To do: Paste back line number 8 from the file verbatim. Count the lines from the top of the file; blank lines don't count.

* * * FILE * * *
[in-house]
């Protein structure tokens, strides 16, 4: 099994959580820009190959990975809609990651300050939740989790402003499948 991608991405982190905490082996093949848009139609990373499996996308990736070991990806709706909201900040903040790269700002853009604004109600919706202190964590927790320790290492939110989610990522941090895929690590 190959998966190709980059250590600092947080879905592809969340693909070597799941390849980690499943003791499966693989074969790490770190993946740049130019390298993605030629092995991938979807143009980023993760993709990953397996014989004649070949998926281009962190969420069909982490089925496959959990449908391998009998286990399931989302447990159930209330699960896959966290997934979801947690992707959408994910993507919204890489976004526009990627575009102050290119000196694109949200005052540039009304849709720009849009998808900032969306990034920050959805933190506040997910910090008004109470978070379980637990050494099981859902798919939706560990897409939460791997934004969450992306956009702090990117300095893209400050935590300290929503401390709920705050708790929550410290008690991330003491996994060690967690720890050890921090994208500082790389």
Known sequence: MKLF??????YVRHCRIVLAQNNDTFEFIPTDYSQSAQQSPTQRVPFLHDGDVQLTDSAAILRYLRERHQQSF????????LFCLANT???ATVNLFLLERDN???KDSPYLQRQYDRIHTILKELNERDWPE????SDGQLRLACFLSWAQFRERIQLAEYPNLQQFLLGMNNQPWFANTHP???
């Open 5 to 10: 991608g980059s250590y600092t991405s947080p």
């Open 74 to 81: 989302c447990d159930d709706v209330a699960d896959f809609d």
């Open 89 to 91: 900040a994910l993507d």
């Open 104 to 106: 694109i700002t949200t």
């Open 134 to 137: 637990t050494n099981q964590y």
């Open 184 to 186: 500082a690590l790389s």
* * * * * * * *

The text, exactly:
């Open 134 to 137: 637990t050494n099981q964590y």